Entrepreneurism meet house-swapping, house-swapping meet Entrepreneurism
It kind of feels like all I have been writing about for the past month has been accommodation options for the Digital Nomad, so in keeping with theme I am going to write one last post on accommodation opportunities. Now I use the word “opportunity” deliberately rather than “accommodation options” or “accommodation choices” because sometimes an “opportunity” takes a bit of planning to be able to execute, whereas an option is provided to you.
I am sure that most of you have no idea about how I live my life. Yep, you probably know that I am a “digital nomad” who can work anywhere in the world and often choose to do that. But what most of you probably don’t know is that we have set up a homebase in a holiday destination of Malaysia. That’s right, we (my wife and 2 young children) tend to spend roughly 6 months a year in Penang and the other 6 months of the year travelling somewhere (anywhere really).
We set up our homebase around this time last year so after a year what do we think about our choice to set up a homebase and commit to some long-term expenses (which is normally something a digital nomad tries to avoid)?
We set up a homebase in Penang for a few reasons:
- We have two young (4 & 6 at the time) children who we thought would benefit from having a base to call home. They could have their toys, their own rooms, a safety blanket of sorts given all the moving around we put them through. In the last 6 months we have backpacked through Eastern Europe for 3 months, spent 2 weeks in Kuala Lumpur, a week in the Perhentian Islands, Malaysia, a week in Koh Samui, Thailand, a week in Bangkok and all too many even smaller trips and travelling families visiting us in Penang. This leads to a lot of instability in their lives so we decided to give them something to call home.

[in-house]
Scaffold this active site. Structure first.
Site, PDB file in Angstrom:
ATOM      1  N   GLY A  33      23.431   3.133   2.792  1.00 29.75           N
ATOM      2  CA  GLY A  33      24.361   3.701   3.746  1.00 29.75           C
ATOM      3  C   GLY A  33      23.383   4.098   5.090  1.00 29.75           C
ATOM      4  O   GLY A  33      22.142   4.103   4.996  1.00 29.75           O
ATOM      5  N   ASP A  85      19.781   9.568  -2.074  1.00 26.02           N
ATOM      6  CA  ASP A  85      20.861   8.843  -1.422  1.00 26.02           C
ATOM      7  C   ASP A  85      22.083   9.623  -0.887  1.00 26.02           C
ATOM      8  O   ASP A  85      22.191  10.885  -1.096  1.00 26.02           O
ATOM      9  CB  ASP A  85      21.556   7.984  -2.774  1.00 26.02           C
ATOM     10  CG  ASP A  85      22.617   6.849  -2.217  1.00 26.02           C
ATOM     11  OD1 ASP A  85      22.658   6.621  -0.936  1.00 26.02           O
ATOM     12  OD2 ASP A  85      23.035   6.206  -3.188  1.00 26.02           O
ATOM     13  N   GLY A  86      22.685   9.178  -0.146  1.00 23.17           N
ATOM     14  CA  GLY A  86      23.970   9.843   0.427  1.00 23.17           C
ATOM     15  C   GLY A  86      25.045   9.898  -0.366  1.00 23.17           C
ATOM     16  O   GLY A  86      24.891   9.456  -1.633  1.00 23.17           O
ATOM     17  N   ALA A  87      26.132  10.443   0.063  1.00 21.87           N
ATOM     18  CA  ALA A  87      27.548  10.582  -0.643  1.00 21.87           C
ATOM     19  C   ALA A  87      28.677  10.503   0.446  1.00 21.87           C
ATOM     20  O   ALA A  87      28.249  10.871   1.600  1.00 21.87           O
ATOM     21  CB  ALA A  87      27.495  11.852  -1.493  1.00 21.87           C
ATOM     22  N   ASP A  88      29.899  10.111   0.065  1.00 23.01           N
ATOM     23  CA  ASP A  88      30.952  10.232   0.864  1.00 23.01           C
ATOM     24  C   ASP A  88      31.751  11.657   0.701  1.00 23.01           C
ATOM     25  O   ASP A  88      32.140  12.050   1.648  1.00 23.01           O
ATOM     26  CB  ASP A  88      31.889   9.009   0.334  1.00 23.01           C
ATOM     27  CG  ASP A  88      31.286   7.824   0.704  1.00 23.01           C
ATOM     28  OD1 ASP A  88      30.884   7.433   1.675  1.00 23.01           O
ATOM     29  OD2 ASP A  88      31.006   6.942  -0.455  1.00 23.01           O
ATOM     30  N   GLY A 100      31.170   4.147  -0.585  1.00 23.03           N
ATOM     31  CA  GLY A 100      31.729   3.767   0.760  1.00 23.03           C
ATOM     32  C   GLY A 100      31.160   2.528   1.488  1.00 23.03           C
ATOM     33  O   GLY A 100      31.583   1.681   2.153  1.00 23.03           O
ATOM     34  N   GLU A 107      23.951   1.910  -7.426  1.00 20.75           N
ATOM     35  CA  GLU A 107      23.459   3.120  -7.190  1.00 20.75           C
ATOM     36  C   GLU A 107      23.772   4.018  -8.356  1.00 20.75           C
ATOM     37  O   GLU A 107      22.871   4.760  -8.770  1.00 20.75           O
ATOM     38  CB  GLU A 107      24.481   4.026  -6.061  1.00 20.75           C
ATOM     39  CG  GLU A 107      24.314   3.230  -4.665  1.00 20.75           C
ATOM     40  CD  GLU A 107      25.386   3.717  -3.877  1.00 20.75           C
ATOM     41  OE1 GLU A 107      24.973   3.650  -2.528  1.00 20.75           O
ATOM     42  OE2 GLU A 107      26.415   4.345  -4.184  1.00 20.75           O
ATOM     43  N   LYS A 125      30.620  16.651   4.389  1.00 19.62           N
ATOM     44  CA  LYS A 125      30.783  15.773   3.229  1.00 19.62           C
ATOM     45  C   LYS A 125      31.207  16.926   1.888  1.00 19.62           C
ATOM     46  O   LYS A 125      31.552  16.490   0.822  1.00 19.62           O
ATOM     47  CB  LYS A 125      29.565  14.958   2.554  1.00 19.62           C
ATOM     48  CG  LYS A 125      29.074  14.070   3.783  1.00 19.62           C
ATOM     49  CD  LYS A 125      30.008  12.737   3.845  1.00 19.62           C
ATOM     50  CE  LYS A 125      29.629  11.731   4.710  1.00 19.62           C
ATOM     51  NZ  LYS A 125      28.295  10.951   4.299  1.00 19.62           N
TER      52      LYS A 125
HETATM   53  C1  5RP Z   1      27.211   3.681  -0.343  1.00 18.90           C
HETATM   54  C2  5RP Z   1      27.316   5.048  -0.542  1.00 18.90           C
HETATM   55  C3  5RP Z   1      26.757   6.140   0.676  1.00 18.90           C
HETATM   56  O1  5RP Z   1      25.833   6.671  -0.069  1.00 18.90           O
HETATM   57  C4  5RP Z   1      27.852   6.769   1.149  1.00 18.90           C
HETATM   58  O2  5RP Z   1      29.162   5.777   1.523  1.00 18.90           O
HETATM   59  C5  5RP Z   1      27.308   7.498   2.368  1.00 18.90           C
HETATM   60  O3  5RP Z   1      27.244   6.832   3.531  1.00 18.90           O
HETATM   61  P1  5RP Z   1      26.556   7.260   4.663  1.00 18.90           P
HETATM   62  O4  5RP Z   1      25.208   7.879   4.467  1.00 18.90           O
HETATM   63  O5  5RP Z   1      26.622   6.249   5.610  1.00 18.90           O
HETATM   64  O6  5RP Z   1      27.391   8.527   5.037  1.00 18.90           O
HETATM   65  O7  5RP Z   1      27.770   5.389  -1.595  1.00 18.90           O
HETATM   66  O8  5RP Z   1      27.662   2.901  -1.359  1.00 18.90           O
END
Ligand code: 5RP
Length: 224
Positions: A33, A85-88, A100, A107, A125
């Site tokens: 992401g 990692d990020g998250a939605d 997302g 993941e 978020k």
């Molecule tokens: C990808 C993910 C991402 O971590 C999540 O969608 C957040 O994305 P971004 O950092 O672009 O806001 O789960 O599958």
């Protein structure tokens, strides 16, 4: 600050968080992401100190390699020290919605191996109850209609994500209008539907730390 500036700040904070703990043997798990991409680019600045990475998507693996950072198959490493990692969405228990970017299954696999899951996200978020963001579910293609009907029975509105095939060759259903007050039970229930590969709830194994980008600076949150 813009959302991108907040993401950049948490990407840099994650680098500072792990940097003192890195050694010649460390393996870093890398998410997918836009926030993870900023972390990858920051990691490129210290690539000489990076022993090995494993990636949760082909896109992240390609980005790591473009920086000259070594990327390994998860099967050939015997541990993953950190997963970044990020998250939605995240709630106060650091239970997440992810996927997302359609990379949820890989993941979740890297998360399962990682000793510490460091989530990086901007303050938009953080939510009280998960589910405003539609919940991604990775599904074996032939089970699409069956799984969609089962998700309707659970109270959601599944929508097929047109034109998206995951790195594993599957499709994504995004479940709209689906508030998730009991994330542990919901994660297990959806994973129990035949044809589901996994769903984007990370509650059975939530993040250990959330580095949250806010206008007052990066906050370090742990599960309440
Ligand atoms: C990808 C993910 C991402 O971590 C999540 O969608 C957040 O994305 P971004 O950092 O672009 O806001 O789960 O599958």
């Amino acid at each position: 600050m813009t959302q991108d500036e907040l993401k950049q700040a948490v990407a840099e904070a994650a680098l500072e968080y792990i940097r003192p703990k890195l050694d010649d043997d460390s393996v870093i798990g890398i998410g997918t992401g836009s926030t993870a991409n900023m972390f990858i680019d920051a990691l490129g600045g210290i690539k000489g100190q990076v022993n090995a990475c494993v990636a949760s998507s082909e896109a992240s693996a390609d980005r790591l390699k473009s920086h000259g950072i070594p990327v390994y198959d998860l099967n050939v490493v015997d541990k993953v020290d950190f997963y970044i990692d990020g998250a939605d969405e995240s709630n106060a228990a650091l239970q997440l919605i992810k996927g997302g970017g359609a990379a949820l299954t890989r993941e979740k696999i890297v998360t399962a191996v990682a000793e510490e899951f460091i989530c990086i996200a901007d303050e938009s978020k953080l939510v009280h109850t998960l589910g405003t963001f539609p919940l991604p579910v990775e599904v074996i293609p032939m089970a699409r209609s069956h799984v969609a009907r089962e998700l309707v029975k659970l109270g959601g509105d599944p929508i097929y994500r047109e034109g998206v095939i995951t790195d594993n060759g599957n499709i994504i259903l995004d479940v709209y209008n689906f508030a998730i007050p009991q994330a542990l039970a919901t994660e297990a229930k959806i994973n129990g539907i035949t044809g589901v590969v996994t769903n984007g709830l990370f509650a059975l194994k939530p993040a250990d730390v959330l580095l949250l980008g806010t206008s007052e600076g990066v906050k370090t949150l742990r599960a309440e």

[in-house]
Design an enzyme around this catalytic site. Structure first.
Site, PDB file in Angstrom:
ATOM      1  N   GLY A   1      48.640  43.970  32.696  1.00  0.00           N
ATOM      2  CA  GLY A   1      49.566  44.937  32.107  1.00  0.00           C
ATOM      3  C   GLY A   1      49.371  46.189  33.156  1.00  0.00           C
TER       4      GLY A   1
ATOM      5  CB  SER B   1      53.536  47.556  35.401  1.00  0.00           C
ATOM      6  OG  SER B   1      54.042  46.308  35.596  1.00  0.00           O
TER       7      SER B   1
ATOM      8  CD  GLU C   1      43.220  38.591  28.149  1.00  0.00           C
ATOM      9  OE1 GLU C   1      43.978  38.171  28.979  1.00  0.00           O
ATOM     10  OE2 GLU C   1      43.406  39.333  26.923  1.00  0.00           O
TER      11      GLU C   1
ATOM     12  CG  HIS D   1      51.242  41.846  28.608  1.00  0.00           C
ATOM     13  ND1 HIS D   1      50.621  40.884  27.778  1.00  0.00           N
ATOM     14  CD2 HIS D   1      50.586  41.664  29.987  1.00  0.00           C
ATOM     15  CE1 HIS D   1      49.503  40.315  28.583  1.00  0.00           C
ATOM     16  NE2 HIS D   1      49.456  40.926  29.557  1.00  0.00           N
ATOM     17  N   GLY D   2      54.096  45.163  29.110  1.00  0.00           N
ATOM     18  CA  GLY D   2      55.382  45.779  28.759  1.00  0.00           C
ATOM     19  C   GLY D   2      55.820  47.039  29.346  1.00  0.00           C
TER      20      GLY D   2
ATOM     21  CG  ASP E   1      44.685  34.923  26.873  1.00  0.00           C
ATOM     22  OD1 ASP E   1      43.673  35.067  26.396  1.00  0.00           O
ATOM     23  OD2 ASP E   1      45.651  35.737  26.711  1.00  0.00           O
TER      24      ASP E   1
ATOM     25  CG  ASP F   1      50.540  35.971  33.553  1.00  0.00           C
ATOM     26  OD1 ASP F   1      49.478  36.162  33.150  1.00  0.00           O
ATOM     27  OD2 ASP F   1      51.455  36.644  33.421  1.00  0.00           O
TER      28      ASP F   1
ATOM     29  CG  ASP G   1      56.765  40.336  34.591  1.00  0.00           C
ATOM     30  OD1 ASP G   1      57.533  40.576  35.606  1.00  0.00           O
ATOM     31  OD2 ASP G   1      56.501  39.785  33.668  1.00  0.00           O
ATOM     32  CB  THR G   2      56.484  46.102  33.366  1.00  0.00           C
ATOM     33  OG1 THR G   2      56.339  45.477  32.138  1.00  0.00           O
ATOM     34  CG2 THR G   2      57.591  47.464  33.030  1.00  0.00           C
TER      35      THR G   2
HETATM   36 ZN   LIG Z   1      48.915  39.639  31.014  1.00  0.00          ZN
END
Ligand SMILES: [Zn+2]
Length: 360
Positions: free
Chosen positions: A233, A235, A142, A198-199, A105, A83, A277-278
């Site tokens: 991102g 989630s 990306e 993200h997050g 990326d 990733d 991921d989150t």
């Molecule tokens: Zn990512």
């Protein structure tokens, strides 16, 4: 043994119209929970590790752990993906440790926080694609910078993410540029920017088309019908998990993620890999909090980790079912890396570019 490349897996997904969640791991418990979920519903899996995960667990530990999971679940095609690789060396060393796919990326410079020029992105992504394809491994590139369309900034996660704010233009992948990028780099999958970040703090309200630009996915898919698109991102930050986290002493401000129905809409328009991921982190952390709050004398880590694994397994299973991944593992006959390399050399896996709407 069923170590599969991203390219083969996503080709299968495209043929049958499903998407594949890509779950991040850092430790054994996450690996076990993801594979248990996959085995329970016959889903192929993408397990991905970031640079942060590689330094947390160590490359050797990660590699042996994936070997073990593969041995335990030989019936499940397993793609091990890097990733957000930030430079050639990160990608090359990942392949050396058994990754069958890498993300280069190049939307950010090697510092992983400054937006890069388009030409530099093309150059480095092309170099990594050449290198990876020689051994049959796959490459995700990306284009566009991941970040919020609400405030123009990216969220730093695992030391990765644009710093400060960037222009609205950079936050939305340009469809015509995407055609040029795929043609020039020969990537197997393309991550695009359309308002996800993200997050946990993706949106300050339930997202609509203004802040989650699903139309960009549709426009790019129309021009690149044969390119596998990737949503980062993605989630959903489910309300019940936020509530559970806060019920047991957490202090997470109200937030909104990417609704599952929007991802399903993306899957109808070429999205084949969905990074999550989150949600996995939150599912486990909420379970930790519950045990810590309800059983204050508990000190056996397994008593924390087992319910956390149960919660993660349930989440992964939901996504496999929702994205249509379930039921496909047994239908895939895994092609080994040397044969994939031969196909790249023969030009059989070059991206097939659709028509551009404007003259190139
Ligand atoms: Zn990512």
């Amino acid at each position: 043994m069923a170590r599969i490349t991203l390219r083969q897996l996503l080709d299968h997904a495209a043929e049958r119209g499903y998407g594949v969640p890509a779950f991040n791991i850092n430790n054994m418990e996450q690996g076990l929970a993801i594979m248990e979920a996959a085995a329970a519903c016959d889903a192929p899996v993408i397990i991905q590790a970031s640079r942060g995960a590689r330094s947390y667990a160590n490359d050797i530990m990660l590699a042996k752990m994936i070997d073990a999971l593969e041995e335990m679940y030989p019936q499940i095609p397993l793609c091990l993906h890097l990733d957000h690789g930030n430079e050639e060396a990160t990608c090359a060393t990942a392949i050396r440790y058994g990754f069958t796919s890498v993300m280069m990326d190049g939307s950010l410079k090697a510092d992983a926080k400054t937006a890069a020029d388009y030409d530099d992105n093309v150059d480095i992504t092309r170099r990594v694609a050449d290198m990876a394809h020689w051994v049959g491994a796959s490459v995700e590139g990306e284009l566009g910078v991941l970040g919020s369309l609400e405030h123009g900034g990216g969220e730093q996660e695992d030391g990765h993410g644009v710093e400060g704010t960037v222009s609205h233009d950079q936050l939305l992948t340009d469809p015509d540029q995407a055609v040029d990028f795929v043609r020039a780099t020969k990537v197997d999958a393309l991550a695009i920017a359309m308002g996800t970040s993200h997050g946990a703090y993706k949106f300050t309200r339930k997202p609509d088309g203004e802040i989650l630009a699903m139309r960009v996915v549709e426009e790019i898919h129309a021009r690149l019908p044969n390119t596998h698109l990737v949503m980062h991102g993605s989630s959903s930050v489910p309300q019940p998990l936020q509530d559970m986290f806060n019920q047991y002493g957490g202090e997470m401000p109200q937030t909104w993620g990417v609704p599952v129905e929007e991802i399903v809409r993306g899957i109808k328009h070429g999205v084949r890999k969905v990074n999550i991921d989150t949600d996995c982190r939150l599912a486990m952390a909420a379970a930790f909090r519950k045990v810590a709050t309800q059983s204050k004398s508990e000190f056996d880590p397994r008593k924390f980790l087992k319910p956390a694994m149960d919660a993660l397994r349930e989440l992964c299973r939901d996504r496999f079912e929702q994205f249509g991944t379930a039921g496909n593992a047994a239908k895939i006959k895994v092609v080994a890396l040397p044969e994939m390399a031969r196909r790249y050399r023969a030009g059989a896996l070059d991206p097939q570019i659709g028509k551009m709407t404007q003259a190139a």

- Another reason is that when we left Australia in January 2010 we weren’t certain that we would love this lifestyle so much. The whole process of leaving Australia happened very quickly (the decision was made overnight and the next day we booked tickets less than 6 weeks out). We are never really certain about anything, so we weren’t willing to sell off everything which meant that we needed to store it all. $300/month later we had our gear in storage in Australia (and that was at a significant discount because we were leasing long-term). So doing the math, it was pretty simple decision. In Malaysia we rent a large 5 bedroom house in the tourist area (i.e. near the beach) for only $400/month. That’s only $100 more than storage and for that I get a bed to sleep in every night if I want.
- We felt that having a house provided us with more opportunities. If we wanted to travel long-term (i.e. 3-6 months at a time) we could rent our place to other long-term travelling families at just enough to cover our expenses. This would be a win-win for both parties. The travelling family great a full equipped house in a great location for a great price and we can backpack without the burden of expenses back home. Our first experience of this while we were backpacking through Eastern Europe were mixed, but it won’t deter us from trying again. The other opportunity it provides, is for house-swapping/home-exchange opportunities. This is where I am currently at.